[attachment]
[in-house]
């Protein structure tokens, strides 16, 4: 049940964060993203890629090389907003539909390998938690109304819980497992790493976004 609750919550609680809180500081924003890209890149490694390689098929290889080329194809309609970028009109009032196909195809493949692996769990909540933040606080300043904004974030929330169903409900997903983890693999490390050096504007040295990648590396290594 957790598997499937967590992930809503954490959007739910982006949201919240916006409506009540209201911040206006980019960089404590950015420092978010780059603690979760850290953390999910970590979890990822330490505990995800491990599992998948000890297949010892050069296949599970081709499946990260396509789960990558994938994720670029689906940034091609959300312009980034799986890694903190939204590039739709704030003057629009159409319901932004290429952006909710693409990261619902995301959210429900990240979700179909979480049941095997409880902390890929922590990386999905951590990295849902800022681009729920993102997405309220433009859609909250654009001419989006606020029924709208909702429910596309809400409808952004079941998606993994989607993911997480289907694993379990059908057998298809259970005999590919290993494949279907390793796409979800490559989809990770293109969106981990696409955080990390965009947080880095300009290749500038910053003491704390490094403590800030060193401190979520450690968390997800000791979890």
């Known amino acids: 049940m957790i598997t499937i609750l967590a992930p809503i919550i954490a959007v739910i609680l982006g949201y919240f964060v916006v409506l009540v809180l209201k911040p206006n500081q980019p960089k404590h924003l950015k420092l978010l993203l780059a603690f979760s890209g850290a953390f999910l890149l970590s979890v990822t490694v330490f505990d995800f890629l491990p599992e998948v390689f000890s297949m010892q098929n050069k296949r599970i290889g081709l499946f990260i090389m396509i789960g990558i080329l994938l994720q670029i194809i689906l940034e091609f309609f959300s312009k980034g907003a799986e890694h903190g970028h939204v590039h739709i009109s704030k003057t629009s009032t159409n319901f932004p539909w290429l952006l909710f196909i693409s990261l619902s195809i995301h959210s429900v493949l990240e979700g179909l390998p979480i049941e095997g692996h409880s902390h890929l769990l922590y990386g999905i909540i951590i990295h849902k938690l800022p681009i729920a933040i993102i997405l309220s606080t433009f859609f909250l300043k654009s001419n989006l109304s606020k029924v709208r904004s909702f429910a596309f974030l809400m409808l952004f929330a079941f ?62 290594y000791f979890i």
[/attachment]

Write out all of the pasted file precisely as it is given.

[in-house]
């Protein structure tokens, strides 16, 4: 049940964060993203890629090389907003539909390998938690109304819980497992790493976004 609750919550609680809180500081924003890209890149490694390689098929290889080329194809309609970028009109009032196909195809493949692996769990909540933040606080300043904004974030929330169903409900997903983890693999490390050096504007040295990648590396290594 957790598997499937967590992930809503954490959007739910982006949201919240916006409506009540209201911040206006980019960089404590950015420092978010780059603690979760850290953390999910970590979890990822330490505990995800491990599992998948000890297949010892050069296949599970081709499946990260396509789960990558994938994720670029689906940034091609959300312009980034799986890694903190939204590039739709704030003057629009159409319901932004290429952006909710693409990261619902995301959210429900990240979700179909979480049941095997409880902390890929922590990386999905951590990295849902800022681009729920993102997405309220433009859609909250654009001419989006606020029924709208909702429910596309809400409808952004079941998606993994989607993911997480289907694993379990059908057998298809259970005999590919290993494949279907390793796409979800490559989809990770293109969106981990696409955080990390965009947080880095300009290749500038910053003491704390490094403590800030060193401190979520450690968390997800000791979890």
């Known amino acids: 049940m957790i598997t499937i609750l967590a992930p809503i919550i954490a959007v739910i609680l982006g949201y919240f964060v916006v409506l009540v809180l209201k911040p206006n500081q980019p960089k404590h924003l950015k420092l978010l993203l780059a603690f979760s890209g850290a953390f999910l890149l970590s979890v990822t490694v330490f505990d995800f890629l491990p599992e998948v390689f000890s297949m010892q098929n050069k296949r599970i290889g081709l499946f990260i090389m396509i789960g990558i080329l994938l994720q670029i194809i689906l940034e091609f309609f959300s312009k980034g907003a799986e890694h903190g970028h939204v590039h739709i009109s704030k003057t629009s009032t159409n319901f932004p539909w290429l952006l909710f196909i693409s990261l619902s195809i995301h959210s429900v493949l990240e979700g179909l390998p979480i049941e095997g692996h409880s902390h890929l769990l922590y990386g999905i909540i951590i990295h849902k938690l800022p681009i729920a933040i993102i997405l309220s606080t433009f859609f909250l300043k654009s001419n989006l109304s606020k029924v709208r904004s909702f429910a596309f974030l809400m409808l952004f929330a079941f ?62 290594y000791f979890i």